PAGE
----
Republicans in the Indiana legislature have been hard-core supporters of school accountability for about as long as I can remember, so it seems odd that they would toss it out the window as part of a deal that hands control of Muncie Community Schools to Ball State University.
But they did. The state law that calls for schools to receive A-to-F grades on the basis of student test scores and other measures? Muncie schools will be exempt. The law requiring state intervention and potential takeover for schools that consistently get low grades? Exempt from that too.
Those provisions of House Bill 1315 got almost no attention in public debate or the news media before the legislation was approved on a near party-line vote in a special session Monday. One wonders how many lawmakers knew they were in the bill before they arrived to get their marching orders.
In general, the legislation doubles down on the state’s year-old takeover of financially troubled Muncie and Gary Community Schools. In addition to inviting Ball State to take charge of Muncie schools, it weakens the elected Gary school board and strengthens the emergency manager who runs the district.
Ball State’s trustees will meet today to approve a resolution to take over Muncie Community Schools. The trustees and Ball State president will appoint a school board to replace the elected Muncie board.
Muncie schools will still get letter grade for the 2017-18 school year, which will end before the new law takes effect July 1. And they will actually continue to get grades in the future, because Indiana’s plan for complying with the federal Every Student Succeeds Act calls for grading schools regardless of state law, Indiana Department of Education spokesman Adam Baker said.
But it’s unclear how consequences for low grades and other aspects of state accountability will play out.
Rep. Bob Behning, a chief architect of current Indiana accountability laws, defended the legislation but said details may be tweaked in the 2019 session of the legislature. (Behning was traveling for work and wasn’t present Monday for the special session).
“There will definitely be accountability,” he said Tuesday. “I’ve talked to the department (of education) about it and they intend to still issue letter grades even though state law won’t say they have to.”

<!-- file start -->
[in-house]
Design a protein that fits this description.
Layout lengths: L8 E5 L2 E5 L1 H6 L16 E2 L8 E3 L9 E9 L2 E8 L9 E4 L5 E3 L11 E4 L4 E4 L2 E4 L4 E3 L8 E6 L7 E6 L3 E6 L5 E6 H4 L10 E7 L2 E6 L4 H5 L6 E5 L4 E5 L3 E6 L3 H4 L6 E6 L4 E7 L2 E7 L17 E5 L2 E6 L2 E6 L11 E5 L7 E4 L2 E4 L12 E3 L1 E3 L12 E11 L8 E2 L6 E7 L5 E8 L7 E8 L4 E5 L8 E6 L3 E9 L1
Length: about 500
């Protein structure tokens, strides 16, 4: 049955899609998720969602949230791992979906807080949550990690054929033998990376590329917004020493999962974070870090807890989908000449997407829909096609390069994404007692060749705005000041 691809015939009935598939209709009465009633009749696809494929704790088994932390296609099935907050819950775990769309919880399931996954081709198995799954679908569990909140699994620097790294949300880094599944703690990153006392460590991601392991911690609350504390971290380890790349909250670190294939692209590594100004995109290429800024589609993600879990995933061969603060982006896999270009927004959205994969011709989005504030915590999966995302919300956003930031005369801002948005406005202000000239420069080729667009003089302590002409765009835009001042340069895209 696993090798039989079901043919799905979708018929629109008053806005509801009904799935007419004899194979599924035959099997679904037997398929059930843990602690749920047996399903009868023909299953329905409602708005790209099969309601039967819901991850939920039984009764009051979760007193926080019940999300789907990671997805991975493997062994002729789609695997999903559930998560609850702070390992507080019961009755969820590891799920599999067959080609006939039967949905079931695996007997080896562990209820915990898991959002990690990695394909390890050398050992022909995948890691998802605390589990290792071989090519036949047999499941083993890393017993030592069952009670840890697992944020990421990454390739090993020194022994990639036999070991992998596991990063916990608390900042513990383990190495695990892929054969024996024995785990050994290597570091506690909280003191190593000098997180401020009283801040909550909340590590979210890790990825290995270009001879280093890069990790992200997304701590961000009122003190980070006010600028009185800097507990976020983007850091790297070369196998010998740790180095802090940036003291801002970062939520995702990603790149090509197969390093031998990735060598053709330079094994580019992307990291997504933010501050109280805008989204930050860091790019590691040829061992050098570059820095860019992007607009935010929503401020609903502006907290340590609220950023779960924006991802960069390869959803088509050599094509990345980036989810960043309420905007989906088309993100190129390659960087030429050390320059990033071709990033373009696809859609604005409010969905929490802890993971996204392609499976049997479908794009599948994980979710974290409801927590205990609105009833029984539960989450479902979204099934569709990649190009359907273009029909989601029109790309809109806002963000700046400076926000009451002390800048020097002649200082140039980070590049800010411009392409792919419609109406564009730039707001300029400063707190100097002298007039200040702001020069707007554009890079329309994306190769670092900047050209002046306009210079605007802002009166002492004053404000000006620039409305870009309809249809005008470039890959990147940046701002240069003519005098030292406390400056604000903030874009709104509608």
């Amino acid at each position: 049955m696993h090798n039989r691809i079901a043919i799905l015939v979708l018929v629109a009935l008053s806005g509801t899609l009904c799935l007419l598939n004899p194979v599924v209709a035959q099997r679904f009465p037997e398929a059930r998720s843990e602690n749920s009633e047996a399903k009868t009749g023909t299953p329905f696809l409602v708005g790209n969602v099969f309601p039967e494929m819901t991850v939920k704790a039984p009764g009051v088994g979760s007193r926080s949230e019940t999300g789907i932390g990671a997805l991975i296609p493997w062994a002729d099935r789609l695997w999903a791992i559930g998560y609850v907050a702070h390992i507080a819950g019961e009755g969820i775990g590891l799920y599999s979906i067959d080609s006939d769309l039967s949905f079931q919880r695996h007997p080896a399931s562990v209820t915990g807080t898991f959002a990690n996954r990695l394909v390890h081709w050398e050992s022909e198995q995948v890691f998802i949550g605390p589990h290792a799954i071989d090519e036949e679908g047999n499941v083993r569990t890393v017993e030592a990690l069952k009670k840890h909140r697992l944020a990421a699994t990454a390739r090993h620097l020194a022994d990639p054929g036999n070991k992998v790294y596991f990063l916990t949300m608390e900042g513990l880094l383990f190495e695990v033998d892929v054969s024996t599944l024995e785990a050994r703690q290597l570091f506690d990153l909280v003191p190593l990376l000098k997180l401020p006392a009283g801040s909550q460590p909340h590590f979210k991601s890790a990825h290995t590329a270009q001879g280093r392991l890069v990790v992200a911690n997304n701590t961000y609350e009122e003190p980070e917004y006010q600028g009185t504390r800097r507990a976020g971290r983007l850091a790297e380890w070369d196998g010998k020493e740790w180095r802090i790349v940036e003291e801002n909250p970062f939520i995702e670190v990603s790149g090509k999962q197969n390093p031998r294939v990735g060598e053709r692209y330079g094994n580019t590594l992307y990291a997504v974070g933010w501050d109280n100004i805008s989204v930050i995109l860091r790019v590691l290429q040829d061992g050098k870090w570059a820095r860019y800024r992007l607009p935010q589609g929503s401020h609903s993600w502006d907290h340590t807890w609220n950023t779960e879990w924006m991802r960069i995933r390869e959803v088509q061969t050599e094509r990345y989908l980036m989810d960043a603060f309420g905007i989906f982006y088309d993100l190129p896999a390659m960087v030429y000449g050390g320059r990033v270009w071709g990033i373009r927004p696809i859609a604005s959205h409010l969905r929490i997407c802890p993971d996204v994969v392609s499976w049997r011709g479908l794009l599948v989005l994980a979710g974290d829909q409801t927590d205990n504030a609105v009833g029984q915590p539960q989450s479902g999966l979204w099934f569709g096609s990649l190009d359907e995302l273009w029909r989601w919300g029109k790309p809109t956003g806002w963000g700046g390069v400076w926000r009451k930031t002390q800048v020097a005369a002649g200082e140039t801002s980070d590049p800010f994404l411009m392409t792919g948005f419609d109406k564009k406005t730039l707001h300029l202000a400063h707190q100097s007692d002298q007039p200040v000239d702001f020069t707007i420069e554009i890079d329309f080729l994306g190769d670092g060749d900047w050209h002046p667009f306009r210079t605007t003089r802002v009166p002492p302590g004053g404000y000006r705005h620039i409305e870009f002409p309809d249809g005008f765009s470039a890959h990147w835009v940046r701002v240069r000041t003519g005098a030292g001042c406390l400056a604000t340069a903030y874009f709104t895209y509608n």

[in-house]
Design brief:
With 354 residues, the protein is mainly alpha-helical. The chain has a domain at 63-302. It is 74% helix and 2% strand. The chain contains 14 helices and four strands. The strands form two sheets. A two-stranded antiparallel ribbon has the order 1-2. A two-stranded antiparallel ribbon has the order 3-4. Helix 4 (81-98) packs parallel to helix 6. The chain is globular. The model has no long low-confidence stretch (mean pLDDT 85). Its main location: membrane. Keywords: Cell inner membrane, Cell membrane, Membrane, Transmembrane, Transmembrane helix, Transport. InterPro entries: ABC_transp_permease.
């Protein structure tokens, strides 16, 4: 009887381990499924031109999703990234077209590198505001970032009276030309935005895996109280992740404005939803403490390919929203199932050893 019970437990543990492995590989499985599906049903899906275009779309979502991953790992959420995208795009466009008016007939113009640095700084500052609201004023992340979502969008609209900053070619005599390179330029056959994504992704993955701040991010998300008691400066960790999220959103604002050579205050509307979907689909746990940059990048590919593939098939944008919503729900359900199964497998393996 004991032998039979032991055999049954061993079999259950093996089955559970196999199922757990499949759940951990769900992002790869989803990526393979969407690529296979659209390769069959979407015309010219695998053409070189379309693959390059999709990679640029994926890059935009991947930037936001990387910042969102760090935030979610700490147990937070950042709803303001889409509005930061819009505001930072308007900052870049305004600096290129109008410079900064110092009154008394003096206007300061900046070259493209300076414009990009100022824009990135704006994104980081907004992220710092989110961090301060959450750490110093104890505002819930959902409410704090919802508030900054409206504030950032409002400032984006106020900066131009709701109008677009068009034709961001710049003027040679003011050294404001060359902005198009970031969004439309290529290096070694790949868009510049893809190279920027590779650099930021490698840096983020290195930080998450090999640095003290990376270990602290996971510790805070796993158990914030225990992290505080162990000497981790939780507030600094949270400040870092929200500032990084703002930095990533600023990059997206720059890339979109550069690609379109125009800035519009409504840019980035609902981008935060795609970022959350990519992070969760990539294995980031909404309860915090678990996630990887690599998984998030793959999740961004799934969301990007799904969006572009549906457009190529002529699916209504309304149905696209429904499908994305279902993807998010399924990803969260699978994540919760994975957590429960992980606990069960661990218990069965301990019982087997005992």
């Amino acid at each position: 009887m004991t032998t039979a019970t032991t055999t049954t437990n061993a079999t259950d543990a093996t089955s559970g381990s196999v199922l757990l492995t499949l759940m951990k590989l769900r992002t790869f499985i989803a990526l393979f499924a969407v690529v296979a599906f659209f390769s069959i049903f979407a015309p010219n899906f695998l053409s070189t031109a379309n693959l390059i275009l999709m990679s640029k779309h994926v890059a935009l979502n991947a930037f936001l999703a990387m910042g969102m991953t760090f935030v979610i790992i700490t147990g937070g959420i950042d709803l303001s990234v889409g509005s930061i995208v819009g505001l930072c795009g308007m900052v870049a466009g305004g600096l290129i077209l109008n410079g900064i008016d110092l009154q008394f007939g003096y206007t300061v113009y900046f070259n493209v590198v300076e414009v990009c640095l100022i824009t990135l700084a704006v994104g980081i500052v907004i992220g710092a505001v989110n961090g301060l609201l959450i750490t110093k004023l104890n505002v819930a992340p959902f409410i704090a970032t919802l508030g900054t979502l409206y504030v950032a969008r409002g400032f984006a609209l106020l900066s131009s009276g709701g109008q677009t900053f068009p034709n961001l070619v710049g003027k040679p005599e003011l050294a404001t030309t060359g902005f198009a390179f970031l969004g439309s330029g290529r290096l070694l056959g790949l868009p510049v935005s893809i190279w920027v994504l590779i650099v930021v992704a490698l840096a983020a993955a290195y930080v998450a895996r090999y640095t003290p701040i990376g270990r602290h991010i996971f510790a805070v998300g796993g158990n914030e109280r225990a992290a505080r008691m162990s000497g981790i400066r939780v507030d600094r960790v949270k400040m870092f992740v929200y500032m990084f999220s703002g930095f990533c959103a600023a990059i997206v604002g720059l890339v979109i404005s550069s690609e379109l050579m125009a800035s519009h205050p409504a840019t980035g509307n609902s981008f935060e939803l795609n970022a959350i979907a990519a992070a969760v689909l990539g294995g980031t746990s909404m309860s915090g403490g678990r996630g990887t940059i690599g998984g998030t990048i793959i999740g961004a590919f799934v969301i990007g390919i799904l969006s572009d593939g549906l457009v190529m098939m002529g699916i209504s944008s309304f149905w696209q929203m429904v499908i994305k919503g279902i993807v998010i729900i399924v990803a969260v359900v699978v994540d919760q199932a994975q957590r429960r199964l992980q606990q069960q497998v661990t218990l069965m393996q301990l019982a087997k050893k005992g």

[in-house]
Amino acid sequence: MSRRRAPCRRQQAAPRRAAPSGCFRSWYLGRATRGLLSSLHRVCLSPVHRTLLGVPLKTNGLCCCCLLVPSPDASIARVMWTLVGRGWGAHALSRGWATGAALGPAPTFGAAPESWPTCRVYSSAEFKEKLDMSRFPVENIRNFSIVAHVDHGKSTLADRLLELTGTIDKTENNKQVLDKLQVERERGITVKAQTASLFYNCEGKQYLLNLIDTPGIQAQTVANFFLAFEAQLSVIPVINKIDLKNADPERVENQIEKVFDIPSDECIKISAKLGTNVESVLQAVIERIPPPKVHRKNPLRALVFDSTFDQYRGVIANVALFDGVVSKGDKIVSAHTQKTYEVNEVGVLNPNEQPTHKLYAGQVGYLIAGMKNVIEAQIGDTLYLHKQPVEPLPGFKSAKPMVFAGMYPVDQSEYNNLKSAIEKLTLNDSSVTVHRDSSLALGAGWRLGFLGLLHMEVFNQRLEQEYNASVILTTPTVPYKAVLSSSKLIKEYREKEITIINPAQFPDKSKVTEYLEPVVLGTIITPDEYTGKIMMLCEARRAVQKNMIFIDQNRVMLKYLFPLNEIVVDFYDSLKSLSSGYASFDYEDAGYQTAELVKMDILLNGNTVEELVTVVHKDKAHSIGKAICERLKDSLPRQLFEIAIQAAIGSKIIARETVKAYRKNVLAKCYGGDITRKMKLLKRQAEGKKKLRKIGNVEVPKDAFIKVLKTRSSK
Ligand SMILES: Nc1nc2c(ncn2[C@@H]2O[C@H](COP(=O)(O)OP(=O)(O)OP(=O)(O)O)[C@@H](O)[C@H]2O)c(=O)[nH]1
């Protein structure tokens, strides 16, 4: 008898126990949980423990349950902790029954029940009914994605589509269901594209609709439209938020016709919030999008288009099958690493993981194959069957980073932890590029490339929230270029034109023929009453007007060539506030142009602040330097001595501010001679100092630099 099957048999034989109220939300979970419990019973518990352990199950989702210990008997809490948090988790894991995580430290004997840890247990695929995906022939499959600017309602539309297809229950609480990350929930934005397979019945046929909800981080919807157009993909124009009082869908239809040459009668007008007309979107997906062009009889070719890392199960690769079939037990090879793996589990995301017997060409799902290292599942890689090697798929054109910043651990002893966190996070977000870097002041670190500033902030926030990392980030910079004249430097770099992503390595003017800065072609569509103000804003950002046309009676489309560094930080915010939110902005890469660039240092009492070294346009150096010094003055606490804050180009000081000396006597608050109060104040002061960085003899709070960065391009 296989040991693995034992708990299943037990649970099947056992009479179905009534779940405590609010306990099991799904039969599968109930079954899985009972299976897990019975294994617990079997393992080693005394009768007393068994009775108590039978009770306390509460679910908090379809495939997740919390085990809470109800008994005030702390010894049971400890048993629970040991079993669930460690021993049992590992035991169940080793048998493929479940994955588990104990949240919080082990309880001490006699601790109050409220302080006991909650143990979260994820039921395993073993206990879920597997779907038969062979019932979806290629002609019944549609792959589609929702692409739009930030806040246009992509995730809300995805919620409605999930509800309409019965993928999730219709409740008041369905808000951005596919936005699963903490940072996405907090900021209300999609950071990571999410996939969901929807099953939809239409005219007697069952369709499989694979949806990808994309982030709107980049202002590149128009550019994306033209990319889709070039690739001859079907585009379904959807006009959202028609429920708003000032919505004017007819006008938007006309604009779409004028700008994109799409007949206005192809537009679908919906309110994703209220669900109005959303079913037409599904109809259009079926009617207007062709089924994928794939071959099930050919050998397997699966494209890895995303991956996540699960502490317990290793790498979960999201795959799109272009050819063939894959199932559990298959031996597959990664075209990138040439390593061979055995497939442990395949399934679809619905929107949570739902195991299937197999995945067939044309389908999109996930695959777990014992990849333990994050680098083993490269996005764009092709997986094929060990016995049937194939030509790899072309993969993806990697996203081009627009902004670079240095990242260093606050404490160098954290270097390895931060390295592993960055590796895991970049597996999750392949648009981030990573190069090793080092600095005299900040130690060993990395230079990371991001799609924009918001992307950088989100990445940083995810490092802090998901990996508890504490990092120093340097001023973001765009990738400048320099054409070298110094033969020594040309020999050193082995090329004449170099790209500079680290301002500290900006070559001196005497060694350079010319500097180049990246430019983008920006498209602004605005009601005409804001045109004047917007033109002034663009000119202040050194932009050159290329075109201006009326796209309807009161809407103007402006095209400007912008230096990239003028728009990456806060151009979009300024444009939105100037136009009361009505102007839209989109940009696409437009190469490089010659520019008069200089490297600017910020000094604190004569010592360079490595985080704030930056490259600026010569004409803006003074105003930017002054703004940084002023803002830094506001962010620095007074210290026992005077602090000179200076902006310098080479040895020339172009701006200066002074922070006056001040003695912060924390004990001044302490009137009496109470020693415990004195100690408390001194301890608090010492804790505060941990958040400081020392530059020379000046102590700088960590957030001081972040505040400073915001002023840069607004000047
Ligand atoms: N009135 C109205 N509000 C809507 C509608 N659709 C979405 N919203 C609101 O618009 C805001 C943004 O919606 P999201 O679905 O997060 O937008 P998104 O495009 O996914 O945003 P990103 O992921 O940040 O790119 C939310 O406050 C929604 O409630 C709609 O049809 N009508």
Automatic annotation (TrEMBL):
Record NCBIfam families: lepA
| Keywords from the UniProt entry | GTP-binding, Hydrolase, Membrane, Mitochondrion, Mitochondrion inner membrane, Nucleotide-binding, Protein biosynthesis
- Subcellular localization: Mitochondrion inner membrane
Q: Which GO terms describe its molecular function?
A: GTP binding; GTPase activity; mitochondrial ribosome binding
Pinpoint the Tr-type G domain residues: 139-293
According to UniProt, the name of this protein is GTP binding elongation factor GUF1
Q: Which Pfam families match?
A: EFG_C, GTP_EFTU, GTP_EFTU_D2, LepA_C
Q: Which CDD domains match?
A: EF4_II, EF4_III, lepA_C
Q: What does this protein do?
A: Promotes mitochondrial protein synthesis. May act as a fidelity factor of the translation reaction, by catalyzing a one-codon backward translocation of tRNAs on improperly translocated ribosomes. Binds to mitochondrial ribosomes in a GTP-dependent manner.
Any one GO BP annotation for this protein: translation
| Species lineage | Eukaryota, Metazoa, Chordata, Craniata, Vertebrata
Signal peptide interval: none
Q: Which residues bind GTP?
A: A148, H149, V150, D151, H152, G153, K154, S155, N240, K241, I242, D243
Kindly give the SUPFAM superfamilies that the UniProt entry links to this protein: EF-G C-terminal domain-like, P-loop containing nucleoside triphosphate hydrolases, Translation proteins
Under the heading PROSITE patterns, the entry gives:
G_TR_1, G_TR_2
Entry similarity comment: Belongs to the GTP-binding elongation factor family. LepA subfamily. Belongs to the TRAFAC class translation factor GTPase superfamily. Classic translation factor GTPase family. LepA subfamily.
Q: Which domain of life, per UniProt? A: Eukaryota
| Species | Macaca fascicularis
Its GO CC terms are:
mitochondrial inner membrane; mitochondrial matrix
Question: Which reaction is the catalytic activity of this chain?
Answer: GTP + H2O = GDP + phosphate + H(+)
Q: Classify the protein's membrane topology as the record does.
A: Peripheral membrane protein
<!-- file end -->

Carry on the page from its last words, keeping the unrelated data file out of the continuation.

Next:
Behning said drastic measures were called for after the Muncie and Gary school districts dug themselves in deep financial holes. If the state has to bail out those and potentially other districts, he said, it will leave less money for other schools and state services.
And while there are few precedents anywhere for a university being in charge of a public school district, Behning is optimistic Ball State, with its large school of education, will do a good job. “I look at one of the largest teacher prep operations in the state having an opportunity to prove itself,” he said.
Ball State President Geoffrey Mearns welcomed the legislation, but the Muncie community appeared divided. Every Democrat in the legislature, including Muncie and Gary representatives and senators, voted no and said they were blindsided by the substance of the bill.
“That they (Republicans) did not consult any legislators that represent any of these areas, that is just outrageous,” said Rep. Matt Pierce, a Bloomington Democrat who spoke against the bill.
Pierce said the most egregious feature of the legislation is that it robs two communities of the right to choose the people who govern local school districts. He said it’s also upsetting that GOP lawmakers won’t acknowledge the role that state policies played in damaging Gary and Muncie schools financially.
“There are a lot of policies that Republicans have put in place in last decade that, I think, drove the decline of the schools and they refuse to admit that,” he said.
Both districts have lost considerable state revenue, in part because of changes in the school funding formula and in part because of the growth of charter schools, vouchers and inter-district public school transfers. Both had their local tax revenue cut dramatically by Indiana’s property tax caps.